Blair Says Iraq War Divided Britain

Prime Minister Tony Blair (search) acknowledged that the war in Iraq has divided Britain but said he had no apologies for helping topple Saddam Hussein (search) in a speech Tuesday to his Labour Party, where he was met by angry delegates and hecklers.

As he began his address, Blair faced a barrage of hecklers shouting from the floor of the conference. One delegate shouted, "You've got blood on your hands."

Blair responded: "That's fine, sir. You can make your protest. Just thank goodness we live in a democracy and you can."

The prime minister was hoping to use his party's annual conference to switch attention from Iraq to his campaign for a third term in office by announcing new domestic policies. But the event has been eclipsed by the kidnapping of Briton Kenneth Bigley (search) in Baghdad and the continuing bloodshed in Iraq. Two British soldiers were killed Tuesday by insurgents near the southern city of Basra. A total of 67 British soldiers have now been killed in Iraq.

Blair called on Britons to support his efforts to bring democracy to conflict-torn Iraq.

"I know this issue has divided the country. I entirely understand why many disagree," Blair said. Britain "should unite in our determination to stand by the Iraqi people until the job is done."

Britain's primary rationale for joining the war was the threat posed by Saddam's alleged arsenal of chemical and biological weapons. But the claims of an active and growing illicit weapons program, made in two British intelligence dossiers released in the build up to the conflict, have not been validated by evidence on the ground.

"The evidence about Saddam having actual biological and chemical weapons, as opposed to the capability to develop them, has turned out to be wrong. I acknowledge that and accept it," Blair said in his address, according to a text released as he began speaking.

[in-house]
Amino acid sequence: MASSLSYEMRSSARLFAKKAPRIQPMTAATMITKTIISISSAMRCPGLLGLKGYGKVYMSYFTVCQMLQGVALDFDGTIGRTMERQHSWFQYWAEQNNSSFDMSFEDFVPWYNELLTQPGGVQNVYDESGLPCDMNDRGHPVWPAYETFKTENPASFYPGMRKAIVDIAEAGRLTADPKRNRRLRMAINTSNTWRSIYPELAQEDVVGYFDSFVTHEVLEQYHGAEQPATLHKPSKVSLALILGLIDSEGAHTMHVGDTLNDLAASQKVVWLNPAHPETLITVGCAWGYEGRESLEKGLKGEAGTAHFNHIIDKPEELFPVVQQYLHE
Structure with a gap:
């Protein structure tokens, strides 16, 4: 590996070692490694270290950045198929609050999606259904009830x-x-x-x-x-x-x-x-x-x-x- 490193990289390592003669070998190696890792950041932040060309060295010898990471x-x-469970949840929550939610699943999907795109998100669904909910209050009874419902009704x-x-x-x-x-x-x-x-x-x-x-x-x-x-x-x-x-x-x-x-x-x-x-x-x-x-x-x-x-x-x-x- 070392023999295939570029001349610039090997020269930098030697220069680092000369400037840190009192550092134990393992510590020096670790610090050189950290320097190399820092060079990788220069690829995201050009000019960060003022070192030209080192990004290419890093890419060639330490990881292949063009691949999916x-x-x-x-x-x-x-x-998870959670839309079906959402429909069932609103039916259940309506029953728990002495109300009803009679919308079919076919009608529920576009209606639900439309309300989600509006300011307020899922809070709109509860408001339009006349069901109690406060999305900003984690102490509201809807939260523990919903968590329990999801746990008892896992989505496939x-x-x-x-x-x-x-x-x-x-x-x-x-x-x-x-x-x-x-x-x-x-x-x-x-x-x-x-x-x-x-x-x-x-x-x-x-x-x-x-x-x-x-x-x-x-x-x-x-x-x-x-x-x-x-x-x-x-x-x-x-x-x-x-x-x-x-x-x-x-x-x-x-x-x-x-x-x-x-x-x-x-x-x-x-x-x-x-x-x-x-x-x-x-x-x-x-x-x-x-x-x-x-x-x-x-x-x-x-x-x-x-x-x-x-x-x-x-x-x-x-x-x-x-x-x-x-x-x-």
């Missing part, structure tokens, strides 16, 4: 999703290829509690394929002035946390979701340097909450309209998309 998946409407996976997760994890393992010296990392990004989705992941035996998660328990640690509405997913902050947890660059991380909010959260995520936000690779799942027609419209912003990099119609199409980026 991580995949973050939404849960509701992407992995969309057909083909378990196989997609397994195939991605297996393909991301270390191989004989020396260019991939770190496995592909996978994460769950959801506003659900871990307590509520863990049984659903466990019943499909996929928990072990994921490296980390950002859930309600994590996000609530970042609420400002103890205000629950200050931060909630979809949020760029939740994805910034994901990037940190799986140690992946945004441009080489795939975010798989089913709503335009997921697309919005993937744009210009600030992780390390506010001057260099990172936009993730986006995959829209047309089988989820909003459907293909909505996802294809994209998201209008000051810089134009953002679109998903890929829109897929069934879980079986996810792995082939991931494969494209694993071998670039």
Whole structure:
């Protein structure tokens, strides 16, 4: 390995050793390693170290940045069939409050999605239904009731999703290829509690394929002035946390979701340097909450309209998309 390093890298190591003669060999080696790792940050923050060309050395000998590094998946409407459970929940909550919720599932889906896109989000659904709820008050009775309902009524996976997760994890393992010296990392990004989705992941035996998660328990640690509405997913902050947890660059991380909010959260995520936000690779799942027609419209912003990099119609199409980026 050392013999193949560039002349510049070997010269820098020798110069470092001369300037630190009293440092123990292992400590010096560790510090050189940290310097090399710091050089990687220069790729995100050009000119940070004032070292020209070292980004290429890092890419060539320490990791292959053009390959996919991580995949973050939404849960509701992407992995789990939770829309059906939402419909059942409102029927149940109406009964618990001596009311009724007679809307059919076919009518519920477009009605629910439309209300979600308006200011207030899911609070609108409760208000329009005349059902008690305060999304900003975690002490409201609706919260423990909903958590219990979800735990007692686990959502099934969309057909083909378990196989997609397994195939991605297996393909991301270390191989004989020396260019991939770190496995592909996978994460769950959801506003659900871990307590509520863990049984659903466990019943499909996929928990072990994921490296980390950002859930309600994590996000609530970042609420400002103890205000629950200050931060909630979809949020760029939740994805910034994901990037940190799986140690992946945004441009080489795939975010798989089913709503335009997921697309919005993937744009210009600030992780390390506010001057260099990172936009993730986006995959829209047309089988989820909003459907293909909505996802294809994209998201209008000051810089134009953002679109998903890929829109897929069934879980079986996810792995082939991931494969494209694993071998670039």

"And the problem is I can apologize for the information that turned out to be wrong, but I can't, sincerely at least, apologize for removing Saddam. The world is a better place with Saddam in prison not in power."

The war has eroded public faith in Blair's trustworthiness and judgment. His personal ratings have sunk and some Labour delegates believe he has neglected bread and butter issues such as schools and hospitals.

Blair bullishly defended the decisions he has taken as leader.

"When I hear people say, `I want the old Tony Blair back, the one who cares. I tell you something. I don't think as a human being, as a family man, I have changed at all. But I have changed as a leader. I've come to realize that caring in politics isn't really about caring. It's about doing what you think is right and sticking to it," he said.

Blair faced a further challenge Tuesday, as thousands of fox hunting supporters descended on the seaside resort of Brighton to protest government attempts to ban the sport.

Earlier this month, lawmakers in the House of Commons voted overwhelmingly to outlaw the centuries-old practice. The government has said it will force legislation through the House of Lords, which has repeatedly blocked a ban. Enthusiasts accuse the government of meddling in the rural way of life and say a ban will cost thousands of jobs.

One dead horse and two dead calves were dumped at sites close to the conference building and the town's railway station shortly before the start of the pro hunting rally. Police said they had arrested two men.

It was not immediately clear who was responsible for the incident, but it was widely interpreted as a symbol of rural anger over the impending hunting ban. Banners bearing the logo of the pro-hunting Countryside Alliance were found beside the two decomposing calves, but the group said it was not involved.